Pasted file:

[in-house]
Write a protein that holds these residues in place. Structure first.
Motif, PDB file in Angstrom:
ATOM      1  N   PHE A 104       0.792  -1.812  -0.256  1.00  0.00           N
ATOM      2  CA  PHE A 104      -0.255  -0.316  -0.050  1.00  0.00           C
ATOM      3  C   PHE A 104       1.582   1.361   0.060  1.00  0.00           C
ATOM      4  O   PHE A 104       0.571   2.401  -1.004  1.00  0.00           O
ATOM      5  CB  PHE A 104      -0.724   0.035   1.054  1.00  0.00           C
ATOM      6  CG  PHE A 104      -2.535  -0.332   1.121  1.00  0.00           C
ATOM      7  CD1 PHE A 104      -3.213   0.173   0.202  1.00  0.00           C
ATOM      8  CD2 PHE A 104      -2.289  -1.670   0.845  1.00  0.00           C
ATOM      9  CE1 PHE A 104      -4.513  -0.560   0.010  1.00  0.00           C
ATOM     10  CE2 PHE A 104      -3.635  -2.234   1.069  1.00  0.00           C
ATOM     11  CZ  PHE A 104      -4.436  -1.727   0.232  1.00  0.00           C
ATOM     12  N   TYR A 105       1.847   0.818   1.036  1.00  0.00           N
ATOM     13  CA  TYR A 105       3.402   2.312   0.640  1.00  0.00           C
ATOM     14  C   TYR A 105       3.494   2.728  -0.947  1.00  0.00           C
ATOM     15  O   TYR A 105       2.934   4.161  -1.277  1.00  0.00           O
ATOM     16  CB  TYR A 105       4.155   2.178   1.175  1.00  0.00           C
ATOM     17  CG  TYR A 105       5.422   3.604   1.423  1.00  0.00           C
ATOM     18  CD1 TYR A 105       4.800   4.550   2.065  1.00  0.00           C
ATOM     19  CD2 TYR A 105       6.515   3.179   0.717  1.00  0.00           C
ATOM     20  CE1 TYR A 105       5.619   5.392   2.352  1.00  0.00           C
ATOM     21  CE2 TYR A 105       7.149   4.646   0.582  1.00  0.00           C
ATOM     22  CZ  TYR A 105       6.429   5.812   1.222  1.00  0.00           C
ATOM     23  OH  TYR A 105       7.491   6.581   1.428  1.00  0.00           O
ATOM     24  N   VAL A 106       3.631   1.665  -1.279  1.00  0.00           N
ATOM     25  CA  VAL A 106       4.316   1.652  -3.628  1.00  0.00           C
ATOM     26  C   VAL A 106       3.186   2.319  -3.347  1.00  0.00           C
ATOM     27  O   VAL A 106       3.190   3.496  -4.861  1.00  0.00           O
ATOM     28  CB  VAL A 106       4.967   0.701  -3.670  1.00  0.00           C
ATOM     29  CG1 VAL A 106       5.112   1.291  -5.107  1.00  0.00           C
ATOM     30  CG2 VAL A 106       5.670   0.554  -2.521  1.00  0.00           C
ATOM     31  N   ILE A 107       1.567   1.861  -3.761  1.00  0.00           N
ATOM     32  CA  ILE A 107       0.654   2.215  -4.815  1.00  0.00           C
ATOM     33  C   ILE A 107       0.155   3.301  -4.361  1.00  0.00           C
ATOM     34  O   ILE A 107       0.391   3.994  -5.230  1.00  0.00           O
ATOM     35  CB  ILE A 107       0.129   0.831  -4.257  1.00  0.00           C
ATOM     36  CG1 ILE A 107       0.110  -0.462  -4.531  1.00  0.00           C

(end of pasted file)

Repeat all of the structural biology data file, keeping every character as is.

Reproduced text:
[in-house]
Write a protein that holds these residues in place. Structure first.
Motif, PDB file in Angstrom:
ATOM      1  N   PHE A 104       0.792  -1.812  -0.256  1.00  0.00           N
ATOM      2  CA  PHE A 104      -0.255  -0.316  -0.050  1.00  0.00           C
ATOM      3  C   PHE A 104       1.582   1.361   0.060  1.00  0.00           C
ATOM      4  O   PHE A 104       0.571   2.401  -1.004  1.00  0.00           O
ATOM      5  CB  PHE A 104      -0.724   0.035   1.054  1.00  0.00           C
ATOM      6  CG  PHE A 104      -2.535  -0.332   1.121  1.00  0.00           C
ATOM      7  CD1 PHE A 104      -3.213   0.173   0.202  1.00  0.00           C
ATOM      8  CD2 PHE A 104      -2.289  -1.670   0.845  1.00  0.00           C
ATOM      9  CE1 PHE A 104      -4.513  -0.560   0.010  1.00  0.00           C
ATOM     10  CE2 PHE A 104      -3.635  -2.234   1.069  1.00  0.00           C
ATOM     11  CZ  PHE A 104      -4.436  -1.727   0.232  1.00  0.00           C
ATOM     12  N   TYR A 105       1.847   0.818   1.036  1.00  0.00           N
ATOM     13  CA  TYR A 105       3.402   2.312   0.640  1.00  0.00           C
ATOM     14  C   TYR A 105       3.494   2.728  -0.947  1.00  0.00           C
ATOM     15  O   TYR A 105       2.934   4.161  -1.277  1.00  0.00           O
ATOM     16  CB  TYR A 105       4.155   2.178   1.175  1.00  0.00           C
ATOM     17  CG  TYR A 105       5.422   3.604   1.423  1.00  0.00           C
ATOM     18  CD1 TYR A 105       4.800   4.550   2.065  1.00  0.00           C
ATOM     19  CD2 TYR A 105       6.515   3.179   0.717  1.00  0.00           C
ATOM     20  CE1 TYR A 105       5.619   5.392   2.352  1.00  0.00           C
ATOM     21  CE2 TYR A 105       7.149   4.646   0.582  1.00  0.00           C
ATOM     22  CZ  TYR A 105       6.429   5.812   1.222  1.00  0.00           C
ATOM     23  OH  TYR A 105       7.491   6.581   1.428  1.00  0.00           O
ATOM     24  N   VAL A 106       3.631   1.665  -1.279  1.00  0.00           N
ATOM     25  CA  VAL A 106       4.316   1.652  -3.628  1.00  0.00           C
ATOM     26  C   VAL A 106       3.186   2.319  -3.347  1.00  0.00           C
ATOM     27  O   VAL A 106       3.190   3.496  -4.861  1.00  0.00           O
ATOM     28  CB  VAL A 106       4.967   0.701  -3.670  1.00  0.00           C
ATOM     29  CG1 VAL A 106       5.112   1.291  -5.107  1.00  0.00           C
ATOM     30  CG2 VAL A 106       5.670   0.554  -2.521  1.00  0.00           C
ATOM     31  N   ILE A 107       1.567   1.861  -3.761  1.00  0.00           N
ATOM     32  CA  ILE A 107       0.654   2.215  -4.815  1.00  0.00           C
ATOM     33  C   ILE A 107       0.155   3.301  -4.361  1.00  0.00           C
ATOM     34  O   ILE A 107       0.391   3.994  -5.230  1.00  0.00           O
ATOM     35  CB  ILE A 107       0.129   0.831  -4.257  1.00  0.00           C
ATOM     36  CG1 ILE A 107       0.110  -0.462  -4.531  1.00  0.00           C